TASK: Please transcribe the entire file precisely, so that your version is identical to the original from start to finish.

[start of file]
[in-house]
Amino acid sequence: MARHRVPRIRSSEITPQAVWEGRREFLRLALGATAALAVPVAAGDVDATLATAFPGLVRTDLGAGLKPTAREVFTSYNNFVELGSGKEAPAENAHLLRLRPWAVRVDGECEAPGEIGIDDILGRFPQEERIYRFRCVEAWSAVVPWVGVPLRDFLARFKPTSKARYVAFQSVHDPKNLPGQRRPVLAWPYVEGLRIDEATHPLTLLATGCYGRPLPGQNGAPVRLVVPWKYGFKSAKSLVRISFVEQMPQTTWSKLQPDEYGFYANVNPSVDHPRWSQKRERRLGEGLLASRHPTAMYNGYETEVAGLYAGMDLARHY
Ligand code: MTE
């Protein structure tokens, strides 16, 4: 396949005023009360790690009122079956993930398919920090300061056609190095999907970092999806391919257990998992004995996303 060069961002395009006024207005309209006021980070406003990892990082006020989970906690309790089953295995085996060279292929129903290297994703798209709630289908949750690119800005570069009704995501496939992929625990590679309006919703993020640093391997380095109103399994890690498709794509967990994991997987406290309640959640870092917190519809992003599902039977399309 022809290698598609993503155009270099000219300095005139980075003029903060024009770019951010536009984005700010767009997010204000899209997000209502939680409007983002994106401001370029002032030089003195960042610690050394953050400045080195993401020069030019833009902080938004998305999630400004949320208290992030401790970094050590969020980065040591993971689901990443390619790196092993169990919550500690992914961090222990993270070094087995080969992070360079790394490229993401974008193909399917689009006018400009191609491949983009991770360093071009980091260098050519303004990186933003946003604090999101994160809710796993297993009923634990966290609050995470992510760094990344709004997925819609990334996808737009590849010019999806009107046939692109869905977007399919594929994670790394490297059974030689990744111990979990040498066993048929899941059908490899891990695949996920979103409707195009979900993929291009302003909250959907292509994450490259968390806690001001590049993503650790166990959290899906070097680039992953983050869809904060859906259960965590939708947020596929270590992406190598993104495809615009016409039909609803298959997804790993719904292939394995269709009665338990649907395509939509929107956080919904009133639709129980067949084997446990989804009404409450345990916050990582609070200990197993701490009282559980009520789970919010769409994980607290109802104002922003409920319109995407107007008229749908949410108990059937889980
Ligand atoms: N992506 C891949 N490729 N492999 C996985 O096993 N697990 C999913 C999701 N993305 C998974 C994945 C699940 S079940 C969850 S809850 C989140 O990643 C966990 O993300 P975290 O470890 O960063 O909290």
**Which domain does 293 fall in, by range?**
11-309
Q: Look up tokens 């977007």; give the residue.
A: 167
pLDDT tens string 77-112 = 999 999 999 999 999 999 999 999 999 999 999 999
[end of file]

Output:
[in-house]
Amino acid sequence: MARHRVPRIRSSEITPQAVWEGRREFLRLALGATAALAVPVAAGDVDATLATAFPGLVRTDLGAGLKPTAREVFTSYNNFVELGSGKEAPAENAHLLRLRPWAVRVDGECEAPGEIGIDDILGRFPQEERIYRFRCVEAWSAVVPWVGVPLRDFLARFKPTSKARYVAFQSVHDPKNLPGQRRPVLAWPYVEGLRIDEATHPLTLLATGCYGRPLPGQNGAPVRLVVPWKYGFKSAKSLVRISFVEQMPQTTWSKLQPDEYGFYANVNPSVDHPRWSQKRERRLGEGLLASRHPTAMYNGYETEVAGLYAGMDLARHY
Ligand code: MTE
């Protein structure tokens, strides 16, 4: 396949005023009360790690009122079956993930398919920090300061056609190095999907970092999806391919257990998992004995996303 060069961002395009006024207005309209006021980070406003990892990082006020989970906690309790089953295995085996060279292929129903290297994703798209709630289908949750690119800005570069009704995501496939992929625990590679309006919703993020640093391997380095109103399994890690498709794509967990994991997987406290309640959640870092917190519809992003599902039977399309 022809290698598609993503155009270099000219300095005139980075003029903060024009770019951010536009984005700010767009997010204000899209997000209502939680409007983002994106401001370029002032030089003195960042610690050394953050400045080195993401020069030019833009902080938004998305999630400004949320208290992030401790970094050590969020980065040591993971689901990443390619790196092993169990919550500690992914961090222990993270070094087995080969992070360079790394490229993401974008193909399917689009006018400009191609491949983009991770360093071009980091260098050519303004990186933003946003604090999101994160809710796993297993009923634990966290609050995470992510760094990344709004997925819609990334996808737009590849010019999806009107046939692109869905977007399919594929994670790394490297059974030689990744111990979990040498066993048929899941059908490899891990695949996920979103409707195009979900993929291009302003909250959907292509994450490259968390806690001001590049993503650790166990959290899906070097680039992953983050869809904060859906259960965590939708947020596929270590992406190598993104495809615009016409039909609803298959997804790993719904292939394995269709009665338990649907395509939509929107956080919904009133639709129980067949084997446990989804009404409450345990916050990582609070200990197993701490009282559980009520789970919010769409994980607290109802104002922003409920319109995407107007008229749908949410108990059937889980
Ligand atoms: N992506 C891949 N490729 N492999 C996985 O096993 N697990 C999913 C999701 N993305 C998974 C994945 C699940 S079940 C969850 S809850 C989140 O990643 C966990 O993300 P975290 O470890 O960063 O909290």
**Which domain does 293 fall in, by range?**
11-309
Q: Look up tokens 């977007």; give the residue.
A: 167
pLDDT tens string 77-112 = 999 999 999 999 999 999 999 999 999 999 999 999